SCHOFIELD - Those metal mushroom-shaped air vents on top of restaurants need to come from somewhere.
In many cases, they're from right here in north-central Wisconsin.
And the people who make them do it pretty well.
"We manufacture products that relate to the movement of air. Cooling it, tempering it, cleaning it," says Jim McIntyre, Greenheck's CEO.
While Greenheck makes products for industries all over the world, they're now Wisconsin's top manufacturer.
The Schofield company was picked as the Wisconsin Manufacturer of the Year last week.
"This award came to Greenheck Fan, I believe, because of the great work that our employees do on a day-to-day basis," McIntyre says.
Not only is Greenheck really big - between here and the Mosinee location, 15 buildings and 1,800 employees - they're also really good at what they do.
They won the same award back in 2004.
So what's the secret?
"It's a very progressive company in terms of the leading cutting edge in terms of product. But more importantly, we do business the old-fashioned way by taking care of the customer. The customer comes first," says McIntyre.
Some manufacturers have struggled in this part of the state over the past few years.
But Greenheck wouldn't want to be anywhere else.
"First of all, we have access to great employees with a strong work ethic that really care about our customers, and secondly, we have a support network in the community that helps us train and educate, and be progressive in our thinking."
STEVENS POINT - A former Portage County doctor could go to prison for sexually assaulting his patients. Wilton Calderon pled guilty to three felonies Friday.
Calderon was a caregiver at the Plover Family Practice until leaving it in 2015. He then moved to Connecticut.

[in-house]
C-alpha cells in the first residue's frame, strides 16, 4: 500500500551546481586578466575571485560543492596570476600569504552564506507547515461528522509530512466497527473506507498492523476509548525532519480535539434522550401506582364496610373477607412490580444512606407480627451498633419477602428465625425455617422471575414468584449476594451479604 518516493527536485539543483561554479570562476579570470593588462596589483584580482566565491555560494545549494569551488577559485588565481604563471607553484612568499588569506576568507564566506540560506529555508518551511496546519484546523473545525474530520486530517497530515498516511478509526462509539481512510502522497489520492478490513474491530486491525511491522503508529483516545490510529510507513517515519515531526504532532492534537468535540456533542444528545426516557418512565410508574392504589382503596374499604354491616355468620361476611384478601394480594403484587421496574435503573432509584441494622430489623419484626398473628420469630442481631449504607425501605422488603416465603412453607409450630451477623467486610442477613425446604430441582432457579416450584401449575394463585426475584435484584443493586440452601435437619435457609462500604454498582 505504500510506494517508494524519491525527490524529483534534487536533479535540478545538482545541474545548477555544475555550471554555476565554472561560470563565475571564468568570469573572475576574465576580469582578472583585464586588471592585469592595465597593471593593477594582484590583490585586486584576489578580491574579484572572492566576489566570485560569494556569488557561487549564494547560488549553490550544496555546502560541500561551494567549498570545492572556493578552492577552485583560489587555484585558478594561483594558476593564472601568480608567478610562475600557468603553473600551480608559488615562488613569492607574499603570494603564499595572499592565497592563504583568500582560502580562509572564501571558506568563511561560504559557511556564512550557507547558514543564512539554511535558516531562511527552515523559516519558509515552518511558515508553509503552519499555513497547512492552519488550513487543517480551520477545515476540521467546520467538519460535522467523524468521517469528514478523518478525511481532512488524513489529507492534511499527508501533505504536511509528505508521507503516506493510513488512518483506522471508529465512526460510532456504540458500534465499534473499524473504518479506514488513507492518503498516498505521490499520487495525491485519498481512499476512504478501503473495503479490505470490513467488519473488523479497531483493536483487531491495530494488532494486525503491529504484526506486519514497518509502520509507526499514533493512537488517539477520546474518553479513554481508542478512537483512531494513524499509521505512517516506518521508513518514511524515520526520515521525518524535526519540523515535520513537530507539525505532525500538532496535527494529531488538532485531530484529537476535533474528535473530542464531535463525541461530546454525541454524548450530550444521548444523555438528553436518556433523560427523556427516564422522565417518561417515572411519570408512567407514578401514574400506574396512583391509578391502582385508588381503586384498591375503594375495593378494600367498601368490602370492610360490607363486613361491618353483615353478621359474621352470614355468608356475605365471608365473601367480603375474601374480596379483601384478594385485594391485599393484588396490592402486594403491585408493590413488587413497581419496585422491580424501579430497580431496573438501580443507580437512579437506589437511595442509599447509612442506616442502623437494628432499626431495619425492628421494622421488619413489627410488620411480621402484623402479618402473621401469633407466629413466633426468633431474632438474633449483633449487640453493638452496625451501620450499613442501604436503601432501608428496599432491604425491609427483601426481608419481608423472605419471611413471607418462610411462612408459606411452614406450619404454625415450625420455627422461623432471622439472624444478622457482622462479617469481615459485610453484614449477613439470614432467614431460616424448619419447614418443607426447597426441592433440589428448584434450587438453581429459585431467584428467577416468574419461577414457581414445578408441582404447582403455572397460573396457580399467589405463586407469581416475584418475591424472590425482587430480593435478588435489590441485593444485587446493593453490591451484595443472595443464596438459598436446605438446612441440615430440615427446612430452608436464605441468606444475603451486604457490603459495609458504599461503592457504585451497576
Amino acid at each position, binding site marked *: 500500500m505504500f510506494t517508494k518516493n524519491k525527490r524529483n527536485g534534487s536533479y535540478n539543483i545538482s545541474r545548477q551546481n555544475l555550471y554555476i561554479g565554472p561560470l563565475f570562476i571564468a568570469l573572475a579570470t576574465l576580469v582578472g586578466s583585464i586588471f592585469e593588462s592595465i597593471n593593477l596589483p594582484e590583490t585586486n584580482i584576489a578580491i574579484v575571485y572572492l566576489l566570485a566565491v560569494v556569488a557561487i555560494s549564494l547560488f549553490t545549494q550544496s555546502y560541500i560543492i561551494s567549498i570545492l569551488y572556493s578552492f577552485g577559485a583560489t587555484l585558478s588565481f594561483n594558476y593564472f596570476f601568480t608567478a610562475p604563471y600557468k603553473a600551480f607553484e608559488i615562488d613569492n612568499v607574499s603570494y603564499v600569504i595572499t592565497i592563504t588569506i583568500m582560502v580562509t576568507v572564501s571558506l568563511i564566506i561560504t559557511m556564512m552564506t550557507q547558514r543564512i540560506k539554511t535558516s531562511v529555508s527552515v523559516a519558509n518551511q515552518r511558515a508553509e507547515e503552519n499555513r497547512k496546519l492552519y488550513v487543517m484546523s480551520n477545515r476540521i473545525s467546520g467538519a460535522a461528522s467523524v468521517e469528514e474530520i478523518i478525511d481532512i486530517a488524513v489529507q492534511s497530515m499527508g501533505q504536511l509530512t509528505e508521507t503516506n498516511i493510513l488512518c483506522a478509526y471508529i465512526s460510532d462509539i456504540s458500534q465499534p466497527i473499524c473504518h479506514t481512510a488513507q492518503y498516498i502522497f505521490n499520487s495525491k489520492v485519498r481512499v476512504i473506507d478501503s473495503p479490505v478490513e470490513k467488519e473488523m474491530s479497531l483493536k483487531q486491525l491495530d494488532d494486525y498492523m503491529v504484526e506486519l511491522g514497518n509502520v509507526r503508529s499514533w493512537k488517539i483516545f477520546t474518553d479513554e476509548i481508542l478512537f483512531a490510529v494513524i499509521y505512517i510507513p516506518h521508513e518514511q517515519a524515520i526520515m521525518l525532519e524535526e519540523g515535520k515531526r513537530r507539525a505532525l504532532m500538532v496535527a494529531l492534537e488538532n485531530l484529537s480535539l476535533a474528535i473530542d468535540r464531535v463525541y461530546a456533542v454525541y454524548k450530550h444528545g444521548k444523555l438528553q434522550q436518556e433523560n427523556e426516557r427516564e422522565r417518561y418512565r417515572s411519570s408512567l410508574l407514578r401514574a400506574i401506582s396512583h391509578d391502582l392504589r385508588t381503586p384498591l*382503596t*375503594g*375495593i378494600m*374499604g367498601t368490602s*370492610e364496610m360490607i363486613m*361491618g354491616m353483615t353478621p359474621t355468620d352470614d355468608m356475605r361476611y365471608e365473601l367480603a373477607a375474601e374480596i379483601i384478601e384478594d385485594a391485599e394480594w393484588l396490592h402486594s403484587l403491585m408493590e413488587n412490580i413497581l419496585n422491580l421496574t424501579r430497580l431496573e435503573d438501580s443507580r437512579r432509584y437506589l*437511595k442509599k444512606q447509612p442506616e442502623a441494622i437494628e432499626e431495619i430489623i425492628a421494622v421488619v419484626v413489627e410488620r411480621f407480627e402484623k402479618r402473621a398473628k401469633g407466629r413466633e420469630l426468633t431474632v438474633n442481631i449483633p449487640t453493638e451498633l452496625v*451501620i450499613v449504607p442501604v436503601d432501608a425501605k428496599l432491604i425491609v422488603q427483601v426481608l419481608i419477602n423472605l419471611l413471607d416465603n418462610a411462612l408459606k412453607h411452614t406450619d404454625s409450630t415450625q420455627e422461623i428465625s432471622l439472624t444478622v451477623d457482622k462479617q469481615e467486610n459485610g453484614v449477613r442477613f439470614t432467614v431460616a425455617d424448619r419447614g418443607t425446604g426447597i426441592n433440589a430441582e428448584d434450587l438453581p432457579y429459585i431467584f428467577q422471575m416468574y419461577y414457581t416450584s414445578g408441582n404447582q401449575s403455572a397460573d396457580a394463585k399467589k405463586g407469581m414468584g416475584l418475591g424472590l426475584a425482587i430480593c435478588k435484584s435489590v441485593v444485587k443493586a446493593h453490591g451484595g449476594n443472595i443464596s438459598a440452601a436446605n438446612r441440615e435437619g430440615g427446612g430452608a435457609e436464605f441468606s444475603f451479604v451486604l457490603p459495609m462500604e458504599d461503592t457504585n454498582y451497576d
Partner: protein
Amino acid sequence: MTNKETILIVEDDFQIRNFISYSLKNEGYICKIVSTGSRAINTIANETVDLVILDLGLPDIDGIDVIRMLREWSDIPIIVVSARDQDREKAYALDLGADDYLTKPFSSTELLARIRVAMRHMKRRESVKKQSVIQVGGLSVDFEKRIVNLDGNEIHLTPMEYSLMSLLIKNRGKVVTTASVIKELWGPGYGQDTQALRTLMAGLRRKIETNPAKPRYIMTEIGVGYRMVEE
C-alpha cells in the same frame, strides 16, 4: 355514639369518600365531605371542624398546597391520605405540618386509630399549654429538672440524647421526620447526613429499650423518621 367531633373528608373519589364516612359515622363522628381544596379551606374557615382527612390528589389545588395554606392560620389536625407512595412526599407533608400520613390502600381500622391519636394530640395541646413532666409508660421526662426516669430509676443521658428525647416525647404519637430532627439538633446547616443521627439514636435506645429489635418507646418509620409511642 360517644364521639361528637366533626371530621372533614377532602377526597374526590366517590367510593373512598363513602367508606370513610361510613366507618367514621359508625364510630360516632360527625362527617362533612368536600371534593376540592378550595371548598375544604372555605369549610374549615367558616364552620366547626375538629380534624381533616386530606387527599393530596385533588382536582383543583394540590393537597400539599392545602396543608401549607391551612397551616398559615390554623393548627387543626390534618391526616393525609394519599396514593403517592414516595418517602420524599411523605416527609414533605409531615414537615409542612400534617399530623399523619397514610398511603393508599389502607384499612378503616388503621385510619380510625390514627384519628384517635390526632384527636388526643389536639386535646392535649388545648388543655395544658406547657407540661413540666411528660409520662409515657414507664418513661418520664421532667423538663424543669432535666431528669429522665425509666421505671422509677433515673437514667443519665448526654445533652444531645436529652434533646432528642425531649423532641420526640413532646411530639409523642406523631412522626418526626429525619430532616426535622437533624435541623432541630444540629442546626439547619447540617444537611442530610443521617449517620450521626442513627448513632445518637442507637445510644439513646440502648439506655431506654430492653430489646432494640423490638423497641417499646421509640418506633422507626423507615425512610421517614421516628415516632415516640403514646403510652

At least seven women accused Calderon of sexually assaulted them during appointments. Some patients said Calderon placed his genitals in their hands and performed unwanted gynecological exams by penetrating them with his fingers.
SUGAR CAMP - Update Feb. 17, 2017 10:20 p.m. -- The woman who runs an Oneida County animal rescue could face animal mistreatment charges.
Oneida County Deputies booked Stephanie Schneider on Thursday. She is due in court on Feb. 27.
Last week, deputies removed 39 dogs from Schneider's "It Matters to One" in Sugar Camp and put them at the Oneida County Humane Society.
Police are recommending charges to the district attorney, which include failing to provide food and water, mistreating animals, and obstructing officers.
People who know Schneider say they can't believe this is happening.
"I'm just heartsick about this, and I'm sick at heart for her," said LynnAnn Thomas, a Sugar Camp resident who says she's friends with Stephanie Schneider.
"Those are her children. She would never, ever , ever mistreat them," Thomas said.
But that's exactly what police believe Schneider did. Last week they removed the dogs from the facility after a weeks-long investigation that was prompted by complaints and concerns from several people.
"People that had worked or volunteered there were concerned about the conditions that the dogs were in and the fact that they were not receiving food or water," said Oneida County Sheriff's Capt. Terri Hook.
Those accusations baffle Thomas.
"I been over there several times, it's always been meticulously clean, happy dogs," Thomas said.
Thomas believes whatever condition the dogs were in, they came to Schneider that way.
"She does get some really, really, really desperate cases, and I imagine that they take a long time to heal," Thomas said.
Thomas added she got her own dog from It Matters To One a few years ago.
"I got my little Hankey, he came in in really bad shape, and she wouldn't let me have him until he was nursed back to health," Thomas said.
Since the dogs were removed, It Matters to One posted certificates of veterinary inspections on its Facebook page for most of the 39 dogs. The Sheriff's Office has seen those and is including them in its investigation, which is ongoing and may not end soon.
"Just to ensure that all the dogs are healed and make sure they've received all the care they need," Hook said.
Newswatch 12 has reached out to It Matters to One and has been communicating with the rescue via email.
The state Department of Agriculture Trade and Consumer Protection is helping the sheriff's office with its investigation and will decide if the rescue can keep its license.
Newswatch 12 also reached out to the veterinarian who conducted the inspections for the rescue, but has not yet heard back.
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